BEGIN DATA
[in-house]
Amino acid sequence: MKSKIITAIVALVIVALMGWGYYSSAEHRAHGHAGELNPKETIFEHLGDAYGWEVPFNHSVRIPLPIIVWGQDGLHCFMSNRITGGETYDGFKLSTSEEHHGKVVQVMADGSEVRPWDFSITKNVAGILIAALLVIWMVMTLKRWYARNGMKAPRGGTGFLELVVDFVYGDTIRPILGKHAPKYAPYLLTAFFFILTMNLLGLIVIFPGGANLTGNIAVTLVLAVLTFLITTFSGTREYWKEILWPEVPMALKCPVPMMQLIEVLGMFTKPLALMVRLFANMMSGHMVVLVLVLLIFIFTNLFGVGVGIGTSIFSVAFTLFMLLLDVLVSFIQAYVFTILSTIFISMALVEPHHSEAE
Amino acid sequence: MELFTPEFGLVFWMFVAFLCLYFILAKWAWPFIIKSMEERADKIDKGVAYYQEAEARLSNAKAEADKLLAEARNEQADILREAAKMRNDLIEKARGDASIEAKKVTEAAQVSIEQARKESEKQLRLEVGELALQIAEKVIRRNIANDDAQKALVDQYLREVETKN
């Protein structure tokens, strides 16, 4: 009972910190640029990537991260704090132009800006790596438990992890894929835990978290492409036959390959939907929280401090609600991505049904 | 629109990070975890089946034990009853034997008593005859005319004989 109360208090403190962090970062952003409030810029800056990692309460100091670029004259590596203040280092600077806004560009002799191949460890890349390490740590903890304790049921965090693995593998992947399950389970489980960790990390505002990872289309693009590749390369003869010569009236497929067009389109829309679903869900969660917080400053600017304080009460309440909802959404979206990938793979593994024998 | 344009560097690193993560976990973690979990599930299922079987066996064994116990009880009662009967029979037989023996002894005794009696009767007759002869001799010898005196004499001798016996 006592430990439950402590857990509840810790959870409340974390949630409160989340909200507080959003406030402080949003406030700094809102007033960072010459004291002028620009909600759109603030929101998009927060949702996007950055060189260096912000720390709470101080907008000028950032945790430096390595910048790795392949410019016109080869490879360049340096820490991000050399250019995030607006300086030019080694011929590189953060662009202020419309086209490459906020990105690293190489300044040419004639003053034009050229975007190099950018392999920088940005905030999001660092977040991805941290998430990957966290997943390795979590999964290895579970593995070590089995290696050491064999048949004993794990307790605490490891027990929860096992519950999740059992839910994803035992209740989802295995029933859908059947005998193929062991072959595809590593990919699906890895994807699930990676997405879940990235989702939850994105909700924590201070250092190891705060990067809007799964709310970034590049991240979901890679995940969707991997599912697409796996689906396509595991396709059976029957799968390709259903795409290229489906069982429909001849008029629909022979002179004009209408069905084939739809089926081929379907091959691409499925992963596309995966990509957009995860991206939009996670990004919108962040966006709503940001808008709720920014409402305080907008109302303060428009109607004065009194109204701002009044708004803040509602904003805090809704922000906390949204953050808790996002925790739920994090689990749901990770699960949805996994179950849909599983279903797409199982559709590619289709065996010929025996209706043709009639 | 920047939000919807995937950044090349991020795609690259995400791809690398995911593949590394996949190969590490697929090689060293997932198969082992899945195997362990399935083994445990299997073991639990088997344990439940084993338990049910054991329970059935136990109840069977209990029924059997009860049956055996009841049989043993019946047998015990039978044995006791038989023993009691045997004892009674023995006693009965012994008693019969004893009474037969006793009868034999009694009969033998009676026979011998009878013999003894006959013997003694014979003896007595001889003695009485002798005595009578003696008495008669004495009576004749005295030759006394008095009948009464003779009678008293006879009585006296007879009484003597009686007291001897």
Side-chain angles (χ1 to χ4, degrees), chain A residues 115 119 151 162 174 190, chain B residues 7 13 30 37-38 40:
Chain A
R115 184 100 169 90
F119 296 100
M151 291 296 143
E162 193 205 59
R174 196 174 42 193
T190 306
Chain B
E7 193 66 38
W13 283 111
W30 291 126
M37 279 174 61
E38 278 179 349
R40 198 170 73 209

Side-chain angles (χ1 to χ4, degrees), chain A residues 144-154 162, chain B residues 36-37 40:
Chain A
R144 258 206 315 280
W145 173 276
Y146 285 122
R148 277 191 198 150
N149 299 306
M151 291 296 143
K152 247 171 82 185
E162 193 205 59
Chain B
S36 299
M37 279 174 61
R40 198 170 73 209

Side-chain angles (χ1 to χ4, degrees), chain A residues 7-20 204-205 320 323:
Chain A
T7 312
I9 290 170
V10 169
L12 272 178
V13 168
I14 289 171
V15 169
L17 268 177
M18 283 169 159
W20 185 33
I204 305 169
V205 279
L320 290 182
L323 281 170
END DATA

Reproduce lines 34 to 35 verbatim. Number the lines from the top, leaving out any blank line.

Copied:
Side-chain angles (χ1 to χ4, degrees), chain A residues 7-20 204-205 320 323:
Chain A